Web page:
Let me know what your thoughts are.

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  #4  
12-24-2008, 04:47 PM
jrnyhead jrnyhead is offline
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K,-
I think I will keep dusting off my XP system, it also sits on the floor next to my Vista pc. I still use my AIW 9600 AGP card along with my good old JVCS9800U VCR, with no internet, no virus software, no other software, only capture software (mmc 9.02). I then send the cap to my Vista pc. I want to build a system that includes the new Intel i7 chip mainly for editing, restore and encode. That's where the muscle will come in handy! The encodeing process will fly with my new system! I just might experiment with a pci-e card, but I know what the outcome will be

It's really too bad that AMD has screwed up the capture scene with taking over ATI. We are left with no choice but to use the "old" pc's.

I also use a KVM switch (starview) push button type and the same monitor to switch between pc's. But, I can not do this while capturing, I always get a flicker when I switch. Any thoughts?

Anyways, I really like the NEW board, it looks great!

Last edited by jrnyhead; 12-24-2008 at 05:26 PM.
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12-24-2008, 07:16 PM
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It's the KVM, I'd bet. I had problems too, until I started using the exact KVM linked above. It's a high-bandwidth unit (clean video on my big LCD), and it comes with some systray software to help "sense" (and maintain constant) USB connections, even when you've switched. A lot of KVMs dump the signal, and some computers get angry when the keyboard/mouse is suddenly not found. That is why I dropped frames.

The best price for it that I've seen is at http://www.bostonbestpc.com/aiak4usbkvms.html
Unknown store, but I buy parts from unknown stores all the time.

A lot of people hesitate to use more than one computer, but after you do it for even a short period of time, you never want to go back to a single machine. There's always a spare system to troubleshoot the other one, if nothing else. I've been in that situation a few times.

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12-27-2008, 11:07 PM
cgcarter cgcarter is offline
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Thanks to K and Jrnyhead for your replies. The idea of using dual systems with the KVM Swith seems the best solutuion yet...hadnt thought about this, so thanks for the idea.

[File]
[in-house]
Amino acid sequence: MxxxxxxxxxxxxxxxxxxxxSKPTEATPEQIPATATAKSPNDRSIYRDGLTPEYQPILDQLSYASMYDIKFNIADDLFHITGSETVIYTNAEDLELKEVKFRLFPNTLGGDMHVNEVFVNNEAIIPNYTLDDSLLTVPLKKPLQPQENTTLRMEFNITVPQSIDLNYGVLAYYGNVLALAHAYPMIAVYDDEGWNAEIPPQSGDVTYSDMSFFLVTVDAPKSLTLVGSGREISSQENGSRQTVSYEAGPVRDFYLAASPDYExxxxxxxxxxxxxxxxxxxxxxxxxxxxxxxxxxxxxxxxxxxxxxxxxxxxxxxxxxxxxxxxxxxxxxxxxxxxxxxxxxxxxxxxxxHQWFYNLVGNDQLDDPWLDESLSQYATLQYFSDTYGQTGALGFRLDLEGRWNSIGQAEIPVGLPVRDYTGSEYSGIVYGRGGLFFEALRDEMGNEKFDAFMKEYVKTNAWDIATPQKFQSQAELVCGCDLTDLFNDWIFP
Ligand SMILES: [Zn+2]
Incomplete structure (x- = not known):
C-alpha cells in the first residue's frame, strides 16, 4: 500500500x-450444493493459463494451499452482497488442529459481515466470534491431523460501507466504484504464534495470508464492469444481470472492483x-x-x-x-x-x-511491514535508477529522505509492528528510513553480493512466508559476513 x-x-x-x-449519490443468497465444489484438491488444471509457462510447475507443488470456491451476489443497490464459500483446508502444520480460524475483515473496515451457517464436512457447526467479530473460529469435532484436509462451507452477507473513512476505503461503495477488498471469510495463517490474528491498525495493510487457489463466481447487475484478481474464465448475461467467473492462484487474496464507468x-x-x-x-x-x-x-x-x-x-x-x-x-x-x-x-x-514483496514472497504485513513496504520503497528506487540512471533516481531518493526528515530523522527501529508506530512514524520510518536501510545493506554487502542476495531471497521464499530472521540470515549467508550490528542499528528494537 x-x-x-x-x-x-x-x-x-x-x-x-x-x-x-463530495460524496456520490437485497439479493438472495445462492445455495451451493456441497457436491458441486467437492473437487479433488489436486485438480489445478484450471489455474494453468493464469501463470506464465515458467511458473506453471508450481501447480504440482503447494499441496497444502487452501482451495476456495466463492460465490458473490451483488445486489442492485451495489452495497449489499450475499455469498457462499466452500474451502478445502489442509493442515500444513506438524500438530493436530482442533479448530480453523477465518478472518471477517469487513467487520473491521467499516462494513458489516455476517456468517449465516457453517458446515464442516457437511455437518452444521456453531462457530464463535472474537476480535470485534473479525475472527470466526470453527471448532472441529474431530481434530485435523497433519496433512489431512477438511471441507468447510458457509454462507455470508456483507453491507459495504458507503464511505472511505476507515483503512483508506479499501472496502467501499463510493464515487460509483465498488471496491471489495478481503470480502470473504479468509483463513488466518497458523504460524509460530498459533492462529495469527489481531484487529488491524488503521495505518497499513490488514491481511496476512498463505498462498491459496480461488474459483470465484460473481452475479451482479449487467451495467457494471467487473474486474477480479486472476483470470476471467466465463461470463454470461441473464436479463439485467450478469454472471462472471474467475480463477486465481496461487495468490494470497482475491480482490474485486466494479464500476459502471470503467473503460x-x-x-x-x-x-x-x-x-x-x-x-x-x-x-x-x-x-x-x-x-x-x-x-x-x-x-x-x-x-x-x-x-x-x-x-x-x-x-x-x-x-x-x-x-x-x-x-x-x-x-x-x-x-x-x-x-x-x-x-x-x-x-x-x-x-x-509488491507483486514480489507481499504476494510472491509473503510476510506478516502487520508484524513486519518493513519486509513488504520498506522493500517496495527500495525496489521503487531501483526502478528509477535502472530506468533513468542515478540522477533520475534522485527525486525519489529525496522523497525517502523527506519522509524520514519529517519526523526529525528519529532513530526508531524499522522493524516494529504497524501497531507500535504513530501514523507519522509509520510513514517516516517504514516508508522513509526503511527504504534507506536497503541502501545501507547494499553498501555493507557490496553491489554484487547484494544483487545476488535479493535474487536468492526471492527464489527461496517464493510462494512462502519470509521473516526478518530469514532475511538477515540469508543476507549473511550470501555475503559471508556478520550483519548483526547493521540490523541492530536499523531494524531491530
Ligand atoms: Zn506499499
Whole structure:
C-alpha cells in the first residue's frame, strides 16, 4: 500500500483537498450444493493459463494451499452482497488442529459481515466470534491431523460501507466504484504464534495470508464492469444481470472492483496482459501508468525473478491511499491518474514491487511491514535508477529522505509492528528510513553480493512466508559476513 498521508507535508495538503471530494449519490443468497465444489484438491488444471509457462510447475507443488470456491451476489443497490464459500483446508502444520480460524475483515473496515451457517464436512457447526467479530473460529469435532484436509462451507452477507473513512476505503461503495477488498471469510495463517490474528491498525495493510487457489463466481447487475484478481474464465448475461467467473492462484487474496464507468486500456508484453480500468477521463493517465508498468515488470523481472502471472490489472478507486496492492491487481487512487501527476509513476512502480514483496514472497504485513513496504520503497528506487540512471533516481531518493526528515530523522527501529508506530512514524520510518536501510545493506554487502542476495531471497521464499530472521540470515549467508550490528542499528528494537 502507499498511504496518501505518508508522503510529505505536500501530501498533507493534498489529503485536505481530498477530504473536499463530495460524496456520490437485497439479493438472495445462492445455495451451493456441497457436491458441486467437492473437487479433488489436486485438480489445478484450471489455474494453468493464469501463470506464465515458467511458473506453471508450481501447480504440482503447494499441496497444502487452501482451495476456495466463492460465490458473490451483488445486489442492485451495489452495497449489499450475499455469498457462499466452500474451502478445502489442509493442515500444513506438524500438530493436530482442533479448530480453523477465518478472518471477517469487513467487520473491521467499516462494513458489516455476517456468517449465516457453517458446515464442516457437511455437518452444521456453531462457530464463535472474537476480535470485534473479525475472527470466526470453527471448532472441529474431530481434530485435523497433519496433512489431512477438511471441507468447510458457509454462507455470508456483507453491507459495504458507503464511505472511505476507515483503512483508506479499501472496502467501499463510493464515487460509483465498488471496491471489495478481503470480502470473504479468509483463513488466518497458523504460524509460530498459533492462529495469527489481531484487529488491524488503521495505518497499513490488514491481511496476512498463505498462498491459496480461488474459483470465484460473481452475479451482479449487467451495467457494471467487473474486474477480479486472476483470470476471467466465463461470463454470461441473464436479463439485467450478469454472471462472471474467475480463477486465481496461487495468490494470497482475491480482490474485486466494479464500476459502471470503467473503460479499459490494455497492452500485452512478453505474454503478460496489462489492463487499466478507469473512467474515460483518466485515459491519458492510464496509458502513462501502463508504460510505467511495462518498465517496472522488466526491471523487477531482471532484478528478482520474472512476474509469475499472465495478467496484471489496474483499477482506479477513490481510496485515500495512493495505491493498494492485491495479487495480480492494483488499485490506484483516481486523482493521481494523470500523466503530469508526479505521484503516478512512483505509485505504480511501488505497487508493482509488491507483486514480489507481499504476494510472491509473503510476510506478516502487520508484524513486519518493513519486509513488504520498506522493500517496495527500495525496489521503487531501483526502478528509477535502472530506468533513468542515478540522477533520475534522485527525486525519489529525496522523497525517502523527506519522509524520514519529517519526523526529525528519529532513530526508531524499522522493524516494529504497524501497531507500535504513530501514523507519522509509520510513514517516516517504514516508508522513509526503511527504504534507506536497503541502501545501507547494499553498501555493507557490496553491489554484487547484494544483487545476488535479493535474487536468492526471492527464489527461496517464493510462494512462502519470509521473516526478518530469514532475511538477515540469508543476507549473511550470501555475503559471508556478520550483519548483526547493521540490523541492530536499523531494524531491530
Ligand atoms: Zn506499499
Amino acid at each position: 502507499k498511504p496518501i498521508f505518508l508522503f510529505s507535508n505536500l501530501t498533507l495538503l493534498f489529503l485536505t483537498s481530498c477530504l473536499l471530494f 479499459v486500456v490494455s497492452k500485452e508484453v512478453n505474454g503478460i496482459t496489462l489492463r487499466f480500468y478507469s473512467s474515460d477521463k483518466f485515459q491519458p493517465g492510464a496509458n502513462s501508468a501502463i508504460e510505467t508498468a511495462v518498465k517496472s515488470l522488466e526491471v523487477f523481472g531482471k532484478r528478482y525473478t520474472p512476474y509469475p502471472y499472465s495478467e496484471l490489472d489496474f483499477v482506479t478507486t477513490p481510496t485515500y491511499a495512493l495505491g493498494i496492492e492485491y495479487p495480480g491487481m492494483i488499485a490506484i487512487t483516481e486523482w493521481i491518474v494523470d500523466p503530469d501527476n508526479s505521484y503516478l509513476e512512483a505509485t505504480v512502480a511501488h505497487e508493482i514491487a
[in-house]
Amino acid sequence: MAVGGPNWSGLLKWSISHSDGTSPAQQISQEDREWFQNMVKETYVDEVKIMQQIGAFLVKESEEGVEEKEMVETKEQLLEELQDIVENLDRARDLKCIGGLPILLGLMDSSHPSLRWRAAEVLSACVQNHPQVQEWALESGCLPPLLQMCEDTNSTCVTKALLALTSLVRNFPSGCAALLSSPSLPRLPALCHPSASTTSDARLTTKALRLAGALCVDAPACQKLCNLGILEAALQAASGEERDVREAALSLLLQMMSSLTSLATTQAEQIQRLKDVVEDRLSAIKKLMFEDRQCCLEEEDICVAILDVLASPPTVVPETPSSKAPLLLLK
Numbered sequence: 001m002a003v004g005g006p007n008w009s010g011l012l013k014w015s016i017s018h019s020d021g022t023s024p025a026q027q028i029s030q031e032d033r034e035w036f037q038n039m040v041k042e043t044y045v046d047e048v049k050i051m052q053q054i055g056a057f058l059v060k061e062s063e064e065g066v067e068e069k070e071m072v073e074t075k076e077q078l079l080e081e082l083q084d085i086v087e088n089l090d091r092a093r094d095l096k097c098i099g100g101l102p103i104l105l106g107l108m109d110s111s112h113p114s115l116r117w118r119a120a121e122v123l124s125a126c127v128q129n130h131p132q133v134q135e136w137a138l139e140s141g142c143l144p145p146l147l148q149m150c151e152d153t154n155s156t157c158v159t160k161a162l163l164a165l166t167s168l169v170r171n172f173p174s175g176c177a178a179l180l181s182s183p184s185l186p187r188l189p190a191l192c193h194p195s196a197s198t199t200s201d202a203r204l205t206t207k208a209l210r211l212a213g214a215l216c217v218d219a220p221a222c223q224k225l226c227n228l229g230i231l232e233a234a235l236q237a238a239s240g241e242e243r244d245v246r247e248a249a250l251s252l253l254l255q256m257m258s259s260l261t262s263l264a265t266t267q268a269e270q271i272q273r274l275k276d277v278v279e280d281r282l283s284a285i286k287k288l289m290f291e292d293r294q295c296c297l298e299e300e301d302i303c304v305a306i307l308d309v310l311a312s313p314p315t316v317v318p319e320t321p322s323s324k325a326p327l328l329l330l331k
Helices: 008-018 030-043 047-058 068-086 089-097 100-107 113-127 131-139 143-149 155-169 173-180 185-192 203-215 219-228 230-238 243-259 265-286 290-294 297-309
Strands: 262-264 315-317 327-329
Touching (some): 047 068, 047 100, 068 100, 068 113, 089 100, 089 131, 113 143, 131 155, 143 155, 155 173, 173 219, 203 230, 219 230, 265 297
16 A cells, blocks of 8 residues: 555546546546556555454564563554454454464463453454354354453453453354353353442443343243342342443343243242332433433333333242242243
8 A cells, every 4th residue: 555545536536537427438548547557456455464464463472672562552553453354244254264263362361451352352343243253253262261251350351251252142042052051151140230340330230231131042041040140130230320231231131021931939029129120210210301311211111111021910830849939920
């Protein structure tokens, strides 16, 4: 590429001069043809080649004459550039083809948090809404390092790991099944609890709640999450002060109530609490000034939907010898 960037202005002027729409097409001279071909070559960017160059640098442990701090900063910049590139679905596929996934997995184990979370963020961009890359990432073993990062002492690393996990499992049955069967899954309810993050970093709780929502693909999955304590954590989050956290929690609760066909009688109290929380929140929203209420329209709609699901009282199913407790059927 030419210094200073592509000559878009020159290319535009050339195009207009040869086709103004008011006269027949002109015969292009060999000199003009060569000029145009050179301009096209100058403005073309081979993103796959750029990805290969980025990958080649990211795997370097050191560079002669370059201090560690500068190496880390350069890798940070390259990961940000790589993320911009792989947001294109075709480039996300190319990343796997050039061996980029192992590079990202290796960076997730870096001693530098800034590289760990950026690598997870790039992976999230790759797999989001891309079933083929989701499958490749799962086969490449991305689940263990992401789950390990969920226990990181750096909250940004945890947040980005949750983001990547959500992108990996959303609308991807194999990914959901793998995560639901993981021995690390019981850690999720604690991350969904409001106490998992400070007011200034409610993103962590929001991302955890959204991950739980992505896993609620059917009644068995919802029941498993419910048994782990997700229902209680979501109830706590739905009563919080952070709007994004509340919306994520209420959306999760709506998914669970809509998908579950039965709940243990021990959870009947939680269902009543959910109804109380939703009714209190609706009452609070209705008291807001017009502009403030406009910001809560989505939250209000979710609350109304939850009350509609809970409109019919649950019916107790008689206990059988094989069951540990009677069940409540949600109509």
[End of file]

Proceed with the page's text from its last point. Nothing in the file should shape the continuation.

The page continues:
I am going to try a PVR-350 card in my vista system and see what happens...from here if all else fails, will use a KVM Switch and run bot my XP and Vista systems, and acquiring a Matrox X.100 card which should suit me fine...

Will keep you posted on my progress with the PVR-350..

As far as the DVD Burner is concerned, could you name me your top choice in the JVC group for a unit that will do the best job with VHS Transfers, again utilizing a 9911 with TBC etc. Would it be the JVC DR-M10.

I will be listing my ADVC 110 unit on Ebay shortly...Not happy at all with the interface and the end product...Hard to control the Audio portion of the capture as well.

Thanks again and best regards!
Chris
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12-28-2008, 01:03 AM
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I would suggest either the JVC DR-M10/DR-M100 or the Toshiba XS-34/XS-35 units, for the best VHS-filtered signal. The JVC does best at total noise removal, while the Toshiba is good at noise suppression (suppression = not fully removed, but potentially not too filtered -- an issue purely of preference).

The Toshiba has black level controls, to either over or under-shoot the IRE, if desired. Personally, I use a proc amp, either the Elite Video BVP-4/BVP-4 Plus or a SignVideo/Studio1 PA-100. The Vidicraft proc amps can be decent too, for less money, and slightly less performance quality.

My current primary setup consists on a Panasonic AG-1980P or JVC HR-S9800, to a AVT-8710 TBC, to a Elite Video BVP-4 Plus, to a JVC DR-M10 or ATI All In Wonder AGP Radeon 9200. This is for low to mild restoration, purely in hardware. Another important issue is to wire it with quality cables, and use s-video only. I rotate the equipment regularly, to fit the project at hand. This is what I was set up for prior to Christmas break.

I plan to add a PVR-250 card to one of my test systems, if the person donating it follows through (not everybody follows through on equipment donation offers, unfortunately). I'm hoping to write some detailed Hauppauge guides.

... speaking of which, if you would be interested in a temporary loan of that Canopus card (3-4 months max), or would consider a lower sell price (maybe $65), I could potentially make some guides for it -- both reasons to use it and examples of why NOT TO USE it. ... I've never had access to one long enough to write up such documents, which is bit disappointing. Just a thought, if you're interested in helping out. Just wanted to throw it out there...

If I had to do a Matrox right this minute, since I own the Adobe CS3 Master Collection (which includes Adobe Premiere CS3), I'd go for the current Matrox RT.X2 card setup. If I was on a slightly older version of Premiere, I'd look at either the RT.X100 or maybe (maybe) the older RT2500. Some of them come with Premiere versions. Always make sure the card being used works with the version of Premiere for which it was made.